It’s difficult to develop a methodology for a question of trust. The 2008 collapse didn’t help, but the most likely culprit is college debt.
The largest financial decision facing most people under 20 is college tuition, and as it continues to rise the shockwave of that burden is reverberating farther and farther into their financial future. The average college debt in America is almost $30,000, which is most of a down payment on the average house. It is no coincidence that Millennials submitted 39% of all rental applications in 2021, and that number is also trending up.
It is therefore no surprise that nearly 50% of people under the age of 40 still receive regular financial help from their parents, and that’s not changing any time soon. Parents are also borrowing at historically unprecedented rates to help their kids pay for college when student loans have been exhausted. 3.4 million parents have taken over $87 in personal loans from the ParentPLUS program, which is essentially a federal student loan program young people can leverage through mom and dad.
All of this suggests that the embryo of a young person’s financial future is going to be tended in the family nest, and that incubation period is going to extend into middle age for the student and likely to the end of their parents’ natural lives.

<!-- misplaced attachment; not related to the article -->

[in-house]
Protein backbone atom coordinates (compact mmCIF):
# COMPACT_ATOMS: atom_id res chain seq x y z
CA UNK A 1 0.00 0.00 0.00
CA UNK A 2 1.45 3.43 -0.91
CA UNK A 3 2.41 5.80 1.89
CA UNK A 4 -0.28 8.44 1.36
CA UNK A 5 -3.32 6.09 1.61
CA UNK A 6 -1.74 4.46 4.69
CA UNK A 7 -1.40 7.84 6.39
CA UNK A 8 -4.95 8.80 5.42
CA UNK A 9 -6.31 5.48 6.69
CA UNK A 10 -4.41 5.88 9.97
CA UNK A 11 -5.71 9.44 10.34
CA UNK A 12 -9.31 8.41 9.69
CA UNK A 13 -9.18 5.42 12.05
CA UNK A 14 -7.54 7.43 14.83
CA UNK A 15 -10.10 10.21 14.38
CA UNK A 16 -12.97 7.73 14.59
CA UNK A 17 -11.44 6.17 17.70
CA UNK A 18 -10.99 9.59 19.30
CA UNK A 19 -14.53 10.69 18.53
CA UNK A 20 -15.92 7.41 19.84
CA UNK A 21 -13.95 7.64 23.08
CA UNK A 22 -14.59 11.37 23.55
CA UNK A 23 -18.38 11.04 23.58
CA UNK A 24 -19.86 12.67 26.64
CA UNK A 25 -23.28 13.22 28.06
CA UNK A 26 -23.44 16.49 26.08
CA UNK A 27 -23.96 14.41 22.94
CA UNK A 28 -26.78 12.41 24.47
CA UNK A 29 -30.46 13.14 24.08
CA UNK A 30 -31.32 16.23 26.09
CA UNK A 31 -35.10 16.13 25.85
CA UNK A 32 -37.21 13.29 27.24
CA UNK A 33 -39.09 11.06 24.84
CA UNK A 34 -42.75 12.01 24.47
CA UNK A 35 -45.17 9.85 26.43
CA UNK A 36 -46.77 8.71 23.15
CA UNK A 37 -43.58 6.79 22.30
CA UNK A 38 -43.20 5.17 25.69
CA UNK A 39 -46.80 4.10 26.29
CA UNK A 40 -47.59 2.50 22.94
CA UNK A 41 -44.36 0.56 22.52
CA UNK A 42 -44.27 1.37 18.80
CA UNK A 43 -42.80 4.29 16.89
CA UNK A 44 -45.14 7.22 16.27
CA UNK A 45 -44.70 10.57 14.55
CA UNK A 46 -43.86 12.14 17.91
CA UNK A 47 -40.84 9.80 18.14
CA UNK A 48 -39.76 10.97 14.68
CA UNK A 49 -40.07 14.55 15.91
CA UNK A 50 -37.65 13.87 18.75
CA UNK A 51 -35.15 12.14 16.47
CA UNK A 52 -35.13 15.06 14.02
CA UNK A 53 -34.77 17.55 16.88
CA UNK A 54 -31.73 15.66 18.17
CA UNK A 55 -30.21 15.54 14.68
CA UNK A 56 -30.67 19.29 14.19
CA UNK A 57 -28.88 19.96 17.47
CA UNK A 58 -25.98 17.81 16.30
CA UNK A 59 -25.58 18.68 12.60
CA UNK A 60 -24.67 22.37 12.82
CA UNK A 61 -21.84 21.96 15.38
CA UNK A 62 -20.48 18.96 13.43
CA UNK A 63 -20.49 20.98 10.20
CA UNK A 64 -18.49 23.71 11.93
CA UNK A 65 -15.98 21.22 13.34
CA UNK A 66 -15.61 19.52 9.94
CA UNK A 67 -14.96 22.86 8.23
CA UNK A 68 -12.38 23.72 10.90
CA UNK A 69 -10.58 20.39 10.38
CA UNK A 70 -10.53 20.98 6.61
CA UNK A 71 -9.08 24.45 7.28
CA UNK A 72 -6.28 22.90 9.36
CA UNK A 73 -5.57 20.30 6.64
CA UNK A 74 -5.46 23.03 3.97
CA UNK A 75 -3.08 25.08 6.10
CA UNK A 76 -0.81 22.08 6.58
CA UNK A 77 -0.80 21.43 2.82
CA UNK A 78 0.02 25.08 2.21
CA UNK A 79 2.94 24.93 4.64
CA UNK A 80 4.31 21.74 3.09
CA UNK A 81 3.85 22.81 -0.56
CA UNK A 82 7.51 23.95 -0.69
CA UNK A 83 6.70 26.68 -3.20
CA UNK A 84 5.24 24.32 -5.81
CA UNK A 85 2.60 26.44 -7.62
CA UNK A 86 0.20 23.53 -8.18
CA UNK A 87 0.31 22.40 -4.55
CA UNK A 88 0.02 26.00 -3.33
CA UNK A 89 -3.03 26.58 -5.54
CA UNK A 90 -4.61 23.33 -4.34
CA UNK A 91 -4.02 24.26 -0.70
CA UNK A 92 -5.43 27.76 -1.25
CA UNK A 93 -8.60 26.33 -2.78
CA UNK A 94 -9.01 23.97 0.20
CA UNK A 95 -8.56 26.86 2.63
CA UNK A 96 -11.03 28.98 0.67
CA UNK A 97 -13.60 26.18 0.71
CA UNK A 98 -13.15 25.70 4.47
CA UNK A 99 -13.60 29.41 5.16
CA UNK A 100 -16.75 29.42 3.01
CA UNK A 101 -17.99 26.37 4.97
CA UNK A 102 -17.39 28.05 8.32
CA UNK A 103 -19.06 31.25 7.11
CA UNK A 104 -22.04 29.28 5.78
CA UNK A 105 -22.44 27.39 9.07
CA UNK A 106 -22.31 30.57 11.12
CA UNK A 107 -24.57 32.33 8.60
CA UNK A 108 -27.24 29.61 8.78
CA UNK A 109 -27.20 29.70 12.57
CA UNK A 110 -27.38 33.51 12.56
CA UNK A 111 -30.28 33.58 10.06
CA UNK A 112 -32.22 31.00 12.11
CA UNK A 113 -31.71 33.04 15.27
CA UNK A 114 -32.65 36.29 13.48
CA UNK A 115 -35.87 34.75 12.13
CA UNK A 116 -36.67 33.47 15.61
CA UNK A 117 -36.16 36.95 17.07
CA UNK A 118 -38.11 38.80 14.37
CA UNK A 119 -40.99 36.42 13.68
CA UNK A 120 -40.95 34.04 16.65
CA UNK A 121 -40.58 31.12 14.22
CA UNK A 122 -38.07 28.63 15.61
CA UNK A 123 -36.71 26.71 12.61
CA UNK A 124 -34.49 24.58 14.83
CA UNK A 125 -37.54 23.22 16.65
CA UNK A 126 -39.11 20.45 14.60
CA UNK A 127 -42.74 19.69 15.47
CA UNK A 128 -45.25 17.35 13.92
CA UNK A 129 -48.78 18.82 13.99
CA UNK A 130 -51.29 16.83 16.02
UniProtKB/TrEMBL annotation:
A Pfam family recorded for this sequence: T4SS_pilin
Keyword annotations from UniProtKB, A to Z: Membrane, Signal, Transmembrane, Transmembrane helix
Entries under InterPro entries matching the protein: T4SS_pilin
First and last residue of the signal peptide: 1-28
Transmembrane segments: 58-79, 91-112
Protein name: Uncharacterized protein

The Impact of Covid
Heaped on top of the pile is a 2020 survey indicating that 52% of young adults were living with one or both of their parents. Some of this was a bump from the pandemic, but the percentages were already in the high 40’s before it started.
These are Depression Era numbers, and with inflation and gas prices dominating the headlines there’s every reason to think families will only be more economically and physically bound together as time goes on.
Getting Everyone in the Room
Relationship banking is a critical part of any healthy financial institution’s business strategy, and it helps develop longevity with account holders that naturally extends down the family line. It’s better for banks, and it’s better for clients.